In all cultures and countries, there is the potential for people to be treated favourably because they meet the standards that the society approve of. This may be because of their appearance, their cultural background, class or gender. Contrary to this, people who do not fit these standards may be stigmatised, discriminated against and have a poorer quality of life.


Many cultures value the power, knowledge and social standing of men over women. Often this is religion based but it permeates the laws and social norms that people live by. These attitudes have been shown to lead to gender inequality – the belief that women are not as strong, as smart or emotionally capable as men. As of 2018, the gender pay gap in Australia showed women earning 85 cents to mens’ dollar. One in two women reported experiencing workplace discrimination due to their plan to either take time off work to have children or their decision to come back to work after having children.1

Patriarchy can be easily confused as male privilege. And while men can benefit from these systems, it needs to be acknowledged that women aren’t the only ones to be affected negatively by patriarchal societies. Like women, men are subjected to unrealistic expectations such as withholding emotions, being the sole provider for their family and putting their health at risk to do so. Stereotypical thinking of genders has also lead to the justice system favouring mothers over fathers in child custody battles.

Assigning power and value to genders also further complicates day to day experiences of transgender, non-binary and other gender-diverse people across the globe. While feminism movements look to improve the equality of women’s living conditions, they often fail to be inclusive of transwomen, instead focusing only on women who were assigned female at birth.

White Privilege

White privilege is the unconscious bias that whiteness is the epitome of normalcy, trustworthiness and has a higher value. It gives power to white people. White privilege is not racism in and of itself, it is a by-product of systemic racism. It is a relatively new concept, only beginning to be openly discussed since the 1970’s.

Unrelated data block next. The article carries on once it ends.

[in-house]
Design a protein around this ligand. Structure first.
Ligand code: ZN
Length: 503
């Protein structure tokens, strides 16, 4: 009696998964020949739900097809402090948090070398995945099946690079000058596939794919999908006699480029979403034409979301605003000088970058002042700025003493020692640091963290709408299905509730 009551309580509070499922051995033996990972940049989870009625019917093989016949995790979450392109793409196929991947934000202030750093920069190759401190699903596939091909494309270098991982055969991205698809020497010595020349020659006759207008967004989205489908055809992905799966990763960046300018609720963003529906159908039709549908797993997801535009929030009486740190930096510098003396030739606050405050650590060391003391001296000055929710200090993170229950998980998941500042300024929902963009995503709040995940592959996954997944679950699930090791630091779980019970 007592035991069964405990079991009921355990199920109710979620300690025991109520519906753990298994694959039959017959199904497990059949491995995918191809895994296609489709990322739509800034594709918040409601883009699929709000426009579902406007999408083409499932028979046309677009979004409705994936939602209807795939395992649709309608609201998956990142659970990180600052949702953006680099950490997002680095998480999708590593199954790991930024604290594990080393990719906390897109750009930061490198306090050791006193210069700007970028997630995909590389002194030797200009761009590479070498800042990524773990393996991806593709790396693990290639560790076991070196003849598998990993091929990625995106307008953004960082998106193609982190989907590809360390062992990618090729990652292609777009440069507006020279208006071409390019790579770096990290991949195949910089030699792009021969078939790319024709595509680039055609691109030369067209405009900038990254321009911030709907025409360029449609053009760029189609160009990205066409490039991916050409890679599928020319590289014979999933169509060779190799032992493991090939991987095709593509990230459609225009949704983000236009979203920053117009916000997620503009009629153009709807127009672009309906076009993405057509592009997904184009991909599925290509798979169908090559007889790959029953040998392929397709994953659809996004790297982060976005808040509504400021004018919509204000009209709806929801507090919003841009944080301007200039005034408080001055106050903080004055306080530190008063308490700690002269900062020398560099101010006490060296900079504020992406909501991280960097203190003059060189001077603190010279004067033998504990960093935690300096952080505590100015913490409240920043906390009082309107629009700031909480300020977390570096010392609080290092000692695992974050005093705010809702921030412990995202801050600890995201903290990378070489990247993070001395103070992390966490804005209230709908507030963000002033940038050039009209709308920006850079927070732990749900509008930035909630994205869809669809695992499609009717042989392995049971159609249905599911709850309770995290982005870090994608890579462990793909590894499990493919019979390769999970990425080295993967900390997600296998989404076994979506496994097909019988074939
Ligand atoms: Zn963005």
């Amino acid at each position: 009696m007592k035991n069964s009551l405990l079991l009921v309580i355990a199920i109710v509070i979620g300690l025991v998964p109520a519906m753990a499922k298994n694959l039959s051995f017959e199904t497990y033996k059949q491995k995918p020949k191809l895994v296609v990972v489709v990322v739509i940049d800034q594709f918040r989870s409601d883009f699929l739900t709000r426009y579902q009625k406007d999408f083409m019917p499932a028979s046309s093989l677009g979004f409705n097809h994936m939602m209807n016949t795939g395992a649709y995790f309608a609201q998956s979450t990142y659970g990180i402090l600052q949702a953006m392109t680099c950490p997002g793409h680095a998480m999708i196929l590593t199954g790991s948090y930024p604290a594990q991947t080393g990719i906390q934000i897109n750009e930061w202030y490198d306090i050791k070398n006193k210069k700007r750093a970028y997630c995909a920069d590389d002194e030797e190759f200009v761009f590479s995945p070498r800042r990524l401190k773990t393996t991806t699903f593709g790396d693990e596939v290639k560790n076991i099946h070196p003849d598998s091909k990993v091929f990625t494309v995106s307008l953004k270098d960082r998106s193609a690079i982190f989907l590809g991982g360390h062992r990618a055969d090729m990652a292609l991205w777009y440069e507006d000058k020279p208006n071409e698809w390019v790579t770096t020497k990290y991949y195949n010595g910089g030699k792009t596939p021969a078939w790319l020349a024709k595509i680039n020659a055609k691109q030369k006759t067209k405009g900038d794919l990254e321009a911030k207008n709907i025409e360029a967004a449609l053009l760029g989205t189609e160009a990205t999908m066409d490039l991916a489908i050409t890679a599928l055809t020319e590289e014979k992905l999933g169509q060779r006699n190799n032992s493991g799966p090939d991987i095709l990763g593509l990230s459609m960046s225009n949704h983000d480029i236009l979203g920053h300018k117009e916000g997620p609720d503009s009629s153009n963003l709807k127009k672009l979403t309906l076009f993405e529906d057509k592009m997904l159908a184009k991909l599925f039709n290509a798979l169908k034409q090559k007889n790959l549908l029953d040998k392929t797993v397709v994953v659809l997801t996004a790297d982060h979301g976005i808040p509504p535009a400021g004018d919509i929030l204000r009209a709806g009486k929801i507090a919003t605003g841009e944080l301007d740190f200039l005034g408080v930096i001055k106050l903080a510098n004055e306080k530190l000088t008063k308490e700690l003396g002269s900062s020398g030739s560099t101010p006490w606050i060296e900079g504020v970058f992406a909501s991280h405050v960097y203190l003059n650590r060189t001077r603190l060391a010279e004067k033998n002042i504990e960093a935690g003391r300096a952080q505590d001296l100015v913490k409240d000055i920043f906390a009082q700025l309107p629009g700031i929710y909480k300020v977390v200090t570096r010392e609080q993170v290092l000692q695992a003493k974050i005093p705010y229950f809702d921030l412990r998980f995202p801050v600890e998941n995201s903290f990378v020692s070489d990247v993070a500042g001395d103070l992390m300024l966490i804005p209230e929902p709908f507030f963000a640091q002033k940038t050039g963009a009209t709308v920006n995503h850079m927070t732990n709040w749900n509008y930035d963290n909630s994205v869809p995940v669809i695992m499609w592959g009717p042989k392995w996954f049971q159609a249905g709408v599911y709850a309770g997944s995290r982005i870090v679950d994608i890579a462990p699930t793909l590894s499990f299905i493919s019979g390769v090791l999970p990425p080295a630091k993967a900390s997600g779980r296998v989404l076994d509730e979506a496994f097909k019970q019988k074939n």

The word ‘privilege’ often does not sit well with many white people who are doing it tough financially or feel that they are disadvantaged. Being referred to as ‘white’ and identified by their skin colour has also been a new experience for many. It is important to recognise that while a person may be privileged in one way, they could be discriminated against in another way. For example, person can be privileged due to their race but they may also be disadvantaged or discriminated against for a different aspect of their identity like their gender, sexuality, ability, etc.

I realized I had been taught about racism as something which puts others at a disadvantage, but had been taught not to see one of its corollary aspects, white privilege, which puts me at an advantage.

– Peggy McIntosh

It isn’t surprising that white privilege is still a part of our society when the White Australia policy only ended in the 1950s. A study in Queensland in 2013 put racial bias to the test by asking test subjects from different cultural backgrounds to pretend they did not have the money for a bus ticket after their pass failed to work. The study found that after more than 1,500 attempts 72% of white people were allowed to travel on the bus in comparison to only 36% of black people. Indian people were let on 51% of the time and Asian people at a rate of 73%.2

The Australian 2022 parliament house is the most diverse it has ever been with 6.6% federal MPs identifying with a non-European ancestry – meanwhile, 23% of the general public identifies the same.3 While this is an improvement, there is still much work to be done, both in the perspective of migrants and First Nation Australians, in the government, in schools, in the workplace and our communities. People across all cultures should be involved in decision making to ensure the efficacy and long-term outcomes of programs.

Beyond Race and Gender

Privilege can be found in many instances where a majority is present. Sometimes it is due to a characteristic that is physically visible like ability, height, wealth or age. Sometimes it is due to a less visible characteristics like ability, sexuality, education or religious beliefs.

Our brains are programmed to see things that are different as being dangerous or aversive. Most privileges come about due to assumptions made by individuals and systems that expect people will conform to certain standards because it feels safe. 

If you have or had the experiences below, it is likely that you have experienced privilege:

Click on or hover over the cards below for more information